► In the NW Labor Press — Transit union cries foul as TriMet contracts out shuttle service for its own drivers — Is Oregon’s largest transit agency incapable of operating a single shuttle bus? You might think so given TriMet’s decision to hire an outside contractor to provide temporary shuttle service for its own workers.
► From HuffPost — House Democrats start investigating Trump this morning — When the 116th Congress is sworn in on Thursday, the Democratic Party will control the House of Representatives ― and the new committee chairs are ready to finally conduct rigorous oversight of the president’s administration for the first time.
► From CNBC — House Democrats set up framework to intervene in federal court case striking down Obamacare — Democrats about to take over control of the House of Representatives have moved to defend Obamacare from a court challenge that threatens to kill the landmark health-care reform law.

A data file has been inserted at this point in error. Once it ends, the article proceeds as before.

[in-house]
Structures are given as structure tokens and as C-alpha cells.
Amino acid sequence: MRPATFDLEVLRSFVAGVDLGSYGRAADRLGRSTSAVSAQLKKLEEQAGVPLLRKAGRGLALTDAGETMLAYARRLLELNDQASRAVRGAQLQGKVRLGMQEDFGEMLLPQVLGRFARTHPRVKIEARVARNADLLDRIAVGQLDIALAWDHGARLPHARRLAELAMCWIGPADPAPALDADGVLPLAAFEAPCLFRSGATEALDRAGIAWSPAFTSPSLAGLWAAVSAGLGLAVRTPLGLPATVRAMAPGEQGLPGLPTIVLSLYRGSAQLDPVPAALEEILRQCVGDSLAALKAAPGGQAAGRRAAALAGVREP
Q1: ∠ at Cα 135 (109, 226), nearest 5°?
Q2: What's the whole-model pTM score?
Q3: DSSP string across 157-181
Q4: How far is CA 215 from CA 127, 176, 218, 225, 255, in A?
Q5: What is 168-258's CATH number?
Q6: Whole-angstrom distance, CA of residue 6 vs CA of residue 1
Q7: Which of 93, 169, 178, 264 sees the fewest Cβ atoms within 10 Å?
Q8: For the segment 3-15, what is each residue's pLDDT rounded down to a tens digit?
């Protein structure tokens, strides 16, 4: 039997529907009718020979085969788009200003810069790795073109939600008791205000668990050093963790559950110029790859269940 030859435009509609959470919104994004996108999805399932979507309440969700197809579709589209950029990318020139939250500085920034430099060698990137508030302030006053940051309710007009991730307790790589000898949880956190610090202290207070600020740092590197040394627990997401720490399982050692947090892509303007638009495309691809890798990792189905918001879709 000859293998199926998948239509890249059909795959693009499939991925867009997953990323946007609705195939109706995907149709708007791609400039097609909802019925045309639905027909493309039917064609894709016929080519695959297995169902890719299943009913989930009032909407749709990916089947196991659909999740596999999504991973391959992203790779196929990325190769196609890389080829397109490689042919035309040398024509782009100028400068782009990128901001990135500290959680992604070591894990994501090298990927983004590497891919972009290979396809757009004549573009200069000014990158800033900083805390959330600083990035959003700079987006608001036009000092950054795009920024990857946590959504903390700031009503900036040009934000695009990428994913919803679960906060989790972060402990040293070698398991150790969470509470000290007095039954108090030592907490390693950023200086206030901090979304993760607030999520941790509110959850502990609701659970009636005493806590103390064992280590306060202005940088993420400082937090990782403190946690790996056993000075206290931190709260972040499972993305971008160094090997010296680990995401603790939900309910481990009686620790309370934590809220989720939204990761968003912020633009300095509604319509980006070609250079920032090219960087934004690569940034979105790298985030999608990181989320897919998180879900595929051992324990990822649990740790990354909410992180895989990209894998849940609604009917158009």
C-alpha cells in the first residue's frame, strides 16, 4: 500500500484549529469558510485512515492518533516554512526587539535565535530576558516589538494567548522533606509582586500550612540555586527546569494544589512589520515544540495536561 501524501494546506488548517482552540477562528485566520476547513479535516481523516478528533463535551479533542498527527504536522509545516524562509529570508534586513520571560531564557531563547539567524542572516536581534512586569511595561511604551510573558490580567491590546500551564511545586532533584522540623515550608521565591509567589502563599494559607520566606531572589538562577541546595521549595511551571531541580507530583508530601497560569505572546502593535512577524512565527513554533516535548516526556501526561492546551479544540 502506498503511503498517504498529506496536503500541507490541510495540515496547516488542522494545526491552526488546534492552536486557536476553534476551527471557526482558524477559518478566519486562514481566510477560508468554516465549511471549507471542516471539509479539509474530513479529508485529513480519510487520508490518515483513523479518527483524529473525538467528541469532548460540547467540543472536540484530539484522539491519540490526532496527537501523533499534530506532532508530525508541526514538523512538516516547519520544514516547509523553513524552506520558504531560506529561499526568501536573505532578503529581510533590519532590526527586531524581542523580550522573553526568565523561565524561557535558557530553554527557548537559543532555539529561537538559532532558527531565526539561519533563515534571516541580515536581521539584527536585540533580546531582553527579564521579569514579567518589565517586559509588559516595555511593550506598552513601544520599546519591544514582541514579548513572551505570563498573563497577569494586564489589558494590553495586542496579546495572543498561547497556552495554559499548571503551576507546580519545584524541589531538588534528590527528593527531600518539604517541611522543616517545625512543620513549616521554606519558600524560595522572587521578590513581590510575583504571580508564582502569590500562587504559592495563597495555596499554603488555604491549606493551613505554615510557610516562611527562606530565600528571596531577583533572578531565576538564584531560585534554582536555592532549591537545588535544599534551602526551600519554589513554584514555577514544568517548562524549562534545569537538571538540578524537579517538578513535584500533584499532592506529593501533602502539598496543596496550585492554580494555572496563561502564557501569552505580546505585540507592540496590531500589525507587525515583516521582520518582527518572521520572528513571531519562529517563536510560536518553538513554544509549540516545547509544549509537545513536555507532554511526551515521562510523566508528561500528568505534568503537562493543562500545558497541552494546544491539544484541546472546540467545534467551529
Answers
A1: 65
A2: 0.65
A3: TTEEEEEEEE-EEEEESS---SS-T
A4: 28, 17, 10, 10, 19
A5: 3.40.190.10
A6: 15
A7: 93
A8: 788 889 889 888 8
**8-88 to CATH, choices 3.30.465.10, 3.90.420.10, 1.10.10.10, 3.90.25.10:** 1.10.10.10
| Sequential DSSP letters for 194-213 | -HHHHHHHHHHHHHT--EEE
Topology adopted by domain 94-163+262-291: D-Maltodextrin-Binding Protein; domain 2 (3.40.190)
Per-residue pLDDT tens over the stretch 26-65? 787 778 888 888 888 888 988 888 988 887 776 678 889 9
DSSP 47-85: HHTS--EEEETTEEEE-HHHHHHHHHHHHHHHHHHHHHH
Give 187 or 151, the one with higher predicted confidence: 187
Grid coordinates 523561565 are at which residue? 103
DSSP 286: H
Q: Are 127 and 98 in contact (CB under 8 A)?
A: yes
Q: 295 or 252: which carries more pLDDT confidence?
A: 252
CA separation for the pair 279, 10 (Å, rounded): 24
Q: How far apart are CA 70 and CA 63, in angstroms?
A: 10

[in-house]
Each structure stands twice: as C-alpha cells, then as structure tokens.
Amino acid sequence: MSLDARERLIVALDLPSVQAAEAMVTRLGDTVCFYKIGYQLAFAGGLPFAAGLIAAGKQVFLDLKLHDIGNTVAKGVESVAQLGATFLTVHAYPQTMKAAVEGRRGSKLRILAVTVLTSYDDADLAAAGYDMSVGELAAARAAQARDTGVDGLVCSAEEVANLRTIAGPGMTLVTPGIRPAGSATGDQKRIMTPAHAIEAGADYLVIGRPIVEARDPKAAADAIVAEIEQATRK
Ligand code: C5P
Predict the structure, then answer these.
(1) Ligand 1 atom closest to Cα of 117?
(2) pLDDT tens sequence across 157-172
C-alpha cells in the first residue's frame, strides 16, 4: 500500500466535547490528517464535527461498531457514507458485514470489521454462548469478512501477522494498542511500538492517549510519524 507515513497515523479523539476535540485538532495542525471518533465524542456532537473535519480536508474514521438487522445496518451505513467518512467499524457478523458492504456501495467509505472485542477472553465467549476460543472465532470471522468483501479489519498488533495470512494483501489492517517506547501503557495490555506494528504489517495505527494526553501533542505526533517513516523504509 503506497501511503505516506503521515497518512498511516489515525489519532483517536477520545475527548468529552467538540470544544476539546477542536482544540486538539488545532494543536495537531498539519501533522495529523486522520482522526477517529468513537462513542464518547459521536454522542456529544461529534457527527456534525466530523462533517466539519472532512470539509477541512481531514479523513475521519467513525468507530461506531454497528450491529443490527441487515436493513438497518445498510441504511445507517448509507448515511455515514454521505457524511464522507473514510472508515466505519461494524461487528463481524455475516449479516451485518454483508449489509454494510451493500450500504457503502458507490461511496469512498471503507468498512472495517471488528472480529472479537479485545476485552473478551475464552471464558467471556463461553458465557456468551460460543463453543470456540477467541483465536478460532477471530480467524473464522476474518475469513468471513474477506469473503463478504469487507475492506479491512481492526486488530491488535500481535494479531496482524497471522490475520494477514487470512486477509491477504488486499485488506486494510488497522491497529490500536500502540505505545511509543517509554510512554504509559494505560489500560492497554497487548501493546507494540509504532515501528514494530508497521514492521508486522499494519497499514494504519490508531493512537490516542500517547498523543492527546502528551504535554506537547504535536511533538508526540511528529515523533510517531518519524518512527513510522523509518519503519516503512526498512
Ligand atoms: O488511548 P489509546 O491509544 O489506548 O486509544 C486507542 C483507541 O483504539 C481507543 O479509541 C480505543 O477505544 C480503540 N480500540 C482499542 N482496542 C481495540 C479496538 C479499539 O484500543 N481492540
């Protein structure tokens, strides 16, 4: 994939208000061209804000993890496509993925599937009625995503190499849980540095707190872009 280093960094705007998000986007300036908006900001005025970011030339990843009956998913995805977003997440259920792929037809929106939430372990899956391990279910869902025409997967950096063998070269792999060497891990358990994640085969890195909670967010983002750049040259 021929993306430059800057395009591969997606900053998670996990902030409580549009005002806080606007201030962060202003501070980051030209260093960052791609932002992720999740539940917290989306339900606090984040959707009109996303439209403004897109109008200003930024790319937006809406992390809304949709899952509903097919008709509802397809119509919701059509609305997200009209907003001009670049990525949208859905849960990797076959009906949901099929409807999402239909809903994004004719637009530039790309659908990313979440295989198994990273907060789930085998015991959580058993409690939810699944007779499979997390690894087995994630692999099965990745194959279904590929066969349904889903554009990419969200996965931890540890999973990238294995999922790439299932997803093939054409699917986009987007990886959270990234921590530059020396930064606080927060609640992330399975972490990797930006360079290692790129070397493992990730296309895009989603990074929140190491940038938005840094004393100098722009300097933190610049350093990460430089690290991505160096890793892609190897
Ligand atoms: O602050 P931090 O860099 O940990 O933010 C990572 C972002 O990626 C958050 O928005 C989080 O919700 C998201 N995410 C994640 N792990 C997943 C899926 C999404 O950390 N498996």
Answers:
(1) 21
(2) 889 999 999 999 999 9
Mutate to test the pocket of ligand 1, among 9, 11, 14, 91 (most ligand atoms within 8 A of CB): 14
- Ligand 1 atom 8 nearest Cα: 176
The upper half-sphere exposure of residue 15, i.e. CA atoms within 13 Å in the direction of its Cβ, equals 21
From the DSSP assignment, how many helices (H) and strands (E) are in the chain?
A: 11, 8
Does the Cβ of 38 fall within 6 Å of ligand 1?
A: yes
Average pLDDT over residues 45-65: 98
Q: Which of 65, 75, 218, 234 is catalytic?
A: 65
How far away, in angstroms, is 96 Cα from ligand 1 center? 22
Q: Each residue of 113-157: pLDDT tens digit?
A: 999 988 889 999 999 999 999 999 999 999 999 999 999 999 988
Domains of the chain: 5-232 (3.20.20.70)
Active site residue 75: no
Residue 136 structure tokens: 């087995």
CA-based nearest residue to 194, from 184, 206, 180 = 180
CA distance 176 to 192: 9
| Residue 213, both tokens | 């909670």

► From Vox — The PAYGO fight roiling House Democrats, explained — This battle over an obscure budget rule is really a fight for the future of the Democratic Party.
► In the LA Daily News — Los Angeles School District hires hundreds of
substitute staffers potential scabs as teachers prepare to strike — With negotiations on a new contract at a standstill, the giant school district says about 400 subs have been hired, drawing the ire of a defiant union.
The Stand posts links to Washington state and national news of interest every weekday morning by 10 a.m.